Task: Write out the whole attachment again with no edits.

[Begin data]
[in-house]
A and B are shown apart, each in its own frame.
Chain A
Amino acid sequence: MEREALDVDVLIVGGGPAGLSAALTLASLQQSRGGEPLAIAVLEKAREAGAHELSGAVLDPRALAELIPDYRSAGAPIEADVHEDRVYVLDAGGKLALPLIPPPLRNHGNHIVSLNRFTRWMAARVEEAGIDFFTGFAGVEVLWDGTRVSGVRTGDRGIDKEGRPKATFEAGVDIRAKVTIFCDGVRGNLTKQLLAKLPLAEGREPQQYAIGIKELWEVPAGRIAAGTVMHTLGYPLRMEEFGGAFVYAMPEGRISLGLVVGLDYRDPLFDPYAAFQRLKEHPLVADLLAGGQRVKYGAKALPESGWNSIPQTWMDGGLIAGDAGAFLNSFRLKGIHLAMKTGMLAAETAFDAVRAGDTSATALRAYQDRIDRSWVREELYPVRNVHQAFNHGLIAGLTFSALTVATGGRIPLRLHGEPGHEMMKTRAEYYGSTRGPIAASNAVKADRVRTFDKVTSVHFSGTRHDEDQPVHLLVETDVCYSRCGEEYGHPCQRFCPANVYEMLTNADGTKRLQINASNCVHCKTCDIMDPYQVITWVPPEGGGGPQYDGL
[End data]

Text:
[in-house]
A and B are shown apart, each in its own frame.
Chain A
Amino acid sequence: MEREALDVDVLIVGGGPAGLSAALTLASLQQSRGGEPLAIAVLEKAREAGAHELSGAVLDPRALAELIPDYRSAGAPIEADVHEDRVYVLDAGGKLALPLIPPPLRNHGNHIVSLNRFTRWMAARVEEAGIDFFTGFAGVEVLWDGTRVSGVRTGDRGIDKEGRPKATFEAGVDIRAKVTIFCDGVRGNLTKQLLAKLPLAEGREPQQYAIGIKELWEVPAGRIAAGTVMHTLGYPLRMEEFGGAFVYAMPEGRISLGLVVGLDYRDPLFDPYAAFQRLKEHPLVADLLAGGQRVKYGAKALPESGWNSIPQTWMDGGLIAGDAGAFLNSFRLKGIHLAMKTGMLAAETAFDAVRAGDTSATALRAYQDRIDRSWVREELYPVRNVHQAFNHGLIAGLTFSALTVATGGRIPLRLHGEPGHEMMKTRAEYYGSTRGPIAASNAVKADRVRTFDKVTSVHFSGTRHDEDQPVHLLVETDVCYSRCGEEYGHPCQRFCPANVYEMLTNADGTKRLQINASNCVHCKTCDIMDPYQVITWVPPEGGGGPQYDGL